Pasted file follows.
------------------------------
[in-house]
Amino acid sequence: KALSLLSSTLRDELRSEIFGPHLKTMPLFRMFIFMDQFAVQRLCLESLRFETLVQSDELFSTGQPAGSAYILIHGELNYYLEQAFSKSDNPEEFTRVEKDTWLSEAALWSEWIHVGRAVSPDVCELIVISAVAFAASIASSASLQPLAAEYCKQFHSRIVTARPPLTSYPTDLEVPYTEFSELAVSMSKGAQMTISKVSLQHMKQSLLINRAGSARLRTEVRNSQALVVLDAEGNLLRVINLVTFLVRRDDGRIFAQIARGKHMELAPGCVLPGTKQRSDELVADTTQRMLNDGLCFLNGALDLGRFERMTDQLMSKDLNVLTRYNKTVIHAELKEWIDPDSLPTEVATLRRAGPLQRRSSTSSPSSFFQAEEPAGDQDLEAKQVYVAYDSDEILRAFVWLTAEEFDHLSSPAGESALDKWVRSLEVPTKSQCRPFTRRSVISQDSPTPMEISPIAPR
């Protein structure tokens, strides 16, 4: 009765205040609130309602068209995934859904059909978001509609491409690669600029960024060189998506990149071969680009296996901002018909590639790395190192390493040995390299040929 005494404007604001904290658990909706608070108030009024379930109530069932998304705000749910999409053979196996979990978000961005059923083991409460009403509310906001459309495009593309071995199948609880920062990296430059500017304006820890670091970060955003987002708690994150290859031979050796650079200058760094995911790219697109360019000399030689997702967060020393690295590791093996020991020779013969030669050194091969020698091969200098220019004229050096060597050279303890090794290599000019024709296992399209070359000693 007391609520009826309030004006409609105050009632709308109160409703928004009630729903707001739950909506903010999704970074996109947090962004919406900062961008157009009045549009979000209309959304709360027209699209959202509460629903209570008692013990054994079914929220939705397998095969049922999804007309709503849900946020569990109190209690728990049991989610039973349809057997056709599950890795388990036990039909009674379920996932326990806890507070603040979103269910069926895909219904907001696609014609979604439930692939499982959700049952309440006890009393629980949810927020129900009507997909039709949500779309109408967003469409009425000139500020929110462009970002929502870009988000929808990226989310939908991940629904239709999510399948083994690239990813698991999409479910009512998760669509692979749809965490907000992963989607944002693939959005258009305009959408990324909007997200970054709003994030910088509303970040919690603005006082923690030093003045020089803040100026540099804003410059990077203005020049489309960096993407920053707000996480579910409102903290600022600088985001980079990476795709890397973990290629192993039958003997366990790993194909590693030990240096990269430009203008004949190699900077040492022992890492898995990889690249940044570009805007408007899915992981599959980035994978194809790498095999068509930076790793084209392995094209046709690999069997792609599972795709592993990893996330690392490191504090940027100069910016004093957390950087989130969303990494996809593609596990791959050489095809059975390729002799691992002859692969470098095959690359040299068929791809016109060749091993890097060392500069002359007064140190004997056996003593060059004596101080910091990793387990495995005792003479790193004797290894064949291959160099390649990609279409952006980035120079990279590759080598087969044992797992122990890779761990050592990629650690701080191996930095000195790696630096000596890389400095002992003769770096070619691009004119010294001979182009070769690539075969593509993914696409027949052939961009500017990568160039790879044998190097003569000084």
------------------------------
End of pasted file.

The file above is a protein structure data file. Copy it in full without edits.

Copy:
[in-house]
Amino acid sequence: KALSLLSSTLRDELRSEIFGPHLKTMPLFRMFIFMDQFAVQRLCLESLRFETLVQSDELFSTGQPAGSAYILIHGELNYYLEQAFSKSDNPEEFTRVEKDTWLSEAALWSEWIHVGRAVSPDVCELIVISAVAFAASIASSASLQPLAAEYCKQFHSRIVTARPPLTSYPTDLEVPYTEFSELAVSMSKGAQMTISKVSLQHMKQSLLINRAGSARLRTEVRNSQALVVLDAEGNLLRVINLVTFLVRRDDGRIFAQIARGKHMELAPGCVLPGTKQRSDELVADTTQRMLNDGLCFLNGALDLGRFERMTDQLMSKDLNVLTRYNKTVIHAELKEWIDPDSLPTEVATLRRAGPLQRRSSTSSPSSFFQAEEPAGDQDLEAKQVYVAYDSDEILRAFVWLTAEEFDHLSSPAGESALDKWVRSLEVPTKSQCRPFTRRSVISQDSPTPMEISPIAPR
């Protein structure tokens, strides 16, 4: 009765205040609130309602068209995934859904059909978001509609491409690669600029960024060189998506990149071969680009296996901002018909590639790395190192390493040995390299040929 005494404007604001904290658990909706608070108030009024379930109530069932998304705000749910999409053979196996979990978000961005059923083991409460009403509310906001459309495009593309071995199948609880920062990296430059500017304006820890670091970060955003987002708690994150290859031979050796650079200058760094995911790219697109360019000399030689997702967060020393690295590791093996020991020779013969030669050194091969020698091969200098220019004229050096060597050279303890090794290599000019024709296992399209070359000693 007391609520009826309030004006409609105050009632709308109160409703928004009630729903707001739950909506903010999704970074996109947090962004919406900062961008157009009045549009979000209309959304709360027209699209959202509460629903209570008692013990054994079914929220939705397998095969049922999804007309709503849900946020569990109190209690728990049991989610039973349809057997056709599950890795388990036990039909009674379920996932326990806890507070603040979103269910069926895909219904907001696609014609979604439930692939499982959700049952309440006890009393629980949810927020129900009507997909039709949500779309109408967003469409009425000139500020929110462009970002929502870009988000929808990226989310939908991940629904239709999510399948083994690239990813698991999409479910009512998760669509692979749809965490907000992963989607944002693939959005258009305009959408990324909007997200970054709003994030910088509303970040919690603005006082923690030093003045020089803040100026540099804003410059990077203005020049489309960096993407920053707000996480579910409102903290600022600088985001980079990476795709890397973990290629192993039958003997366990790993194909590693030990240096990269430009203008004949190699900077040492022992890492898995990889690249940044570009805007408007899915992981599959980035994978194809790498095999068509930076790793084209392995094209046709690999069997792609599972795709592993990893996330690392490191504090940027100069910016004093957390950087989130969303990494996809593609596990791959050489095809059975390729002799691992002859692969470098095959690359040299068929791809016109060749091993890097060392500069002359007064140190004997056996003593060059004596101080910091990793387990495995005792003479790193004797290894064949291959160099390649990609279409952006980035120079990279590759080598087969044992797992122990890779761990050592990629650690701080191996930095000195790696630096000596890389400095002992003769770096070619691009004119010294001979182009070769690539075969593509993914696409027949052939961009500017990568160039790879044998190097003569000084």